Vitamin A supplementation and childhood morbidity from diarrhea, fever, respiratory problems and anemia in sub-Saharan Africa
Authors Gebremedhin S
Received 4 April 2017
Accepted for publication 16 June 2017
Published 28 July 2017 Volume 2017:9 Pages 47—54
Checked for plagiarism Yes
Review by Single-blind
Peer reviewer comments 3
Editor who approved publication: Dr Chandrika Piyathilake
School of Public and Environmental Health, Hawassa University, Hawassa, Ethiopia
Background: Systematic reviews consistently indicated that vitamin A supplementation (VAS) (100,000–200,000 international unit [IU] semiannually) to children aged 6–59 months substantially reduces all-cause child mortality. Yet, its effect on morbidity is inconsistent and its contribution to the reduction of anemia has not been sufficiently explored.
Objective: The objective of this study was to assess the association between routine VAS (100,000 IU for children aged 6–11 months and 200,000 IU for children aged 1–5 years) and the occurrence of common childhood illnesses (fever, diarrhea, acute respiratory infection [ARI] and anemia) in preschool children in sub-Saharan Africa (SSA).
Methods: The analysis was made based on the data of 28 demographic and health surveys (DHSs) conducted in SSA since 2010. The data of 152,406 children were included. The VAS status in the preceding 6 months and the occurrence of the illnesses in the past 2 weeks were determined based on the information given by the caregivers. The hemoglobin level was determined using a portable photometer. Data were analyzed using mixed-effects logistic regression model. The outputs were provided using adjusted odds ratio (AOR) with the respective 95% confidence intervals (CIs). The practical significance of the association was measured via Cohen’s effect size (d).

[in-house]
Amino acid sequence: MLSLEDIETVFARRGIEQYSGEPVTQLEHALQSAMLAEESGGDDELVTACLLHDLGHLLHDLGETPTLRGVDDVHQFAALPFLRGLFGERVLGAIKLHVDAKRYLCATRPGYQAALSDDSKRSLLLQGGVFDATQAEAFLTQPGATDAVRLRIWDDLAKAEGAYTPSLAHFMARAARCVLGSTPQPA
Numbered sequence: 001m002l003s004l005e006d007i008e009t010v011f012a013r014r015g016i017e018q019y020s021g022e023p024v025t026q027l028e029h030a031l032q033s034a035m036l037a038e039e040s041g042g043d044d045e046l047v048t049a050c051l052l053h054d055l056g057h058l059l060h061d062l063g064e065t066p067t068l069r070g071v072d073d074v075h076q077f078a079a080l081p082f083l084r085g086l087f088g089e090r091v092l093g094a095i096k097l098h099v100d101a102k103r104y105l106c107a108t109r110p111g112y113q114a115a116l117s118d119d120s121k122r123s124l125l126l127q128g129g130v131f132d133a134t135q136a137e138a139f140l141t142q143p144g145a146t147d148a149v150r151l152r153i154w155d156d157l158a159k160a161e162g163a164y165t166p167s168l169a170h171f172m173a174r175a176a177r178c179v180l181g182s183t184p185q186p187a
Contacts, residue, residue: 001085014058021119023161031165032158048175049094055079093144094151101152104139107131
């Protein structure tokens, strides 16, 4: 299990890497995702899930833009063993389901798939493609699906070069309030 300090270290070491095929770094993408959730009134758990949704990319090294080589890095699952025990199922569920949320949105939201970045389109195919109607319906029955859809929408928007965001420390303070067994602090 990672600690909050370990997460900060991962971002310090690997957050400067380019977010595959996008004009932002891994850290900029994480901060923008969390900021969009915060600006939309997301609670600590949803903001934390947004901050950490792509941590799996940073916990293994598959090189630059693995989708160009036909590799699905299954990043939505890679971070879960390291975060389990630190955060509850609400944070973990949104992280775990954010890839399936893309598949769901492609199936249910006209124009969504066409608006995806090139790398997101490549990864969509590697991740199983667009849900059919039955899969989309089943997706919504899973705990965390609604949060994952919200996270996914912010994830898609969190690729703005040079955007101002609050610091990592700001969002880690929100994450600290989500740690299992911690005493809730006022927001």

Results: The coverage of VAS was 56.3% (95% CI: 56.1–56.5). VAS was modestly associated with increased odds of fever (AOR=1.12 [95% CI: 1.09–1.15]), diarrhea (AOR=1.09 [95% CI: 1.05–1.13]) and ARI (AOR=1.18 [95%: 1.12–1.24]). Conversely, in the supplemented children, the odds of anemia were reduced by 10.1% (95% CI: 7.0–13.1). All the associations translated into trivial effect sizes (d<0.2).
Conclusion: VAS is associated with an inconsequential increase in the occurrence of common childhood ailments.
Keywords: vitamin A supplementation, diarrhea, fever, acute respiratory infection, anemia, hemoglobin, demographic and health survey, sub-Saharan Africa
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